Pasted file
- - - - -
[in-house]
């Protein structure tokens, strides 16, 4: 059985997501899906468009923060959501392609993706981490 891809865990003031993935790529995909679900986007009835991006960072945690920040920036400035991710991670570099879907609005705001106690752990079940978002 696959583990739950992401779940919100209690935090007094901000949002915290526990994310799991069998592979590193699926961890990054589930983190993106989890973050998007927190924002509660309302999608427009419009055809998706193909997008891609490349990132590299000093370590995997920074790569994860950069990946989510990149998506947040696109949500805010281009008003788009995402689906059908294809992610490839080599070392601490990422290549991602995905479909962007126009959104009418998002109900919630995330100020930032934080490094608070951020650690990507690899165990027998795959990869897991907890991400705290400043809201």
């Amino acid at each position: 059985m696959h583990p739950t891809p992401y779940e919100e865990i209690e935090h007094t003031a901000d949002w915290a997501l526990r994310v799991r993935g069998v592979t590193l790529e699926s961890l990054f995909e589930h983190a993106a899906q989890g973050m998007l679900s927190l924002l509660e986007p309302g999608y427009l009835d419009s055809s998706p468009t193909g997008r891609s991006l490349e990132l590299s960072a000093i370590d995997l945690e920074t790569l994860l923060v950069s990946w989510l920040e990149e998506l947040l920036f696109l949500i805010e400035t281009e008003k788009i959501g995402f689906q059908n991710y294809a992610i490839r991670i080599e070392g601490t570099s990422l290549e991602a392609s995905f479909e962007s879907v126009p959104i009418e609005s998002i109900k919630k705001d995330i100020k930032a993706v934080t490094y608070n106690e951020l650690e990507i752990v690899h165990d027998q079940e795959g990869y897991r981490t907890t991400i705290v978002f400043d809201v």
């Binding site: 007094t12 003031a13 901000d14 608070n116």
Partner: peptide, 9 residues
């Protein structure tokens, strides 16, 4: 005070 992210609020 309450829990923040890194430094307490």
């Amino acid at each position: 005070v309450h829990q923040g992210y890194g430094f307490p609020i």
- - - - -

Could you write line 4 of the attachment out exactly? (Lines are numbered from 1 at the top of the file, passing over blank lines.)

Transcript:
């Binding site: 007094t12 003031a13 901000d14 608070n116």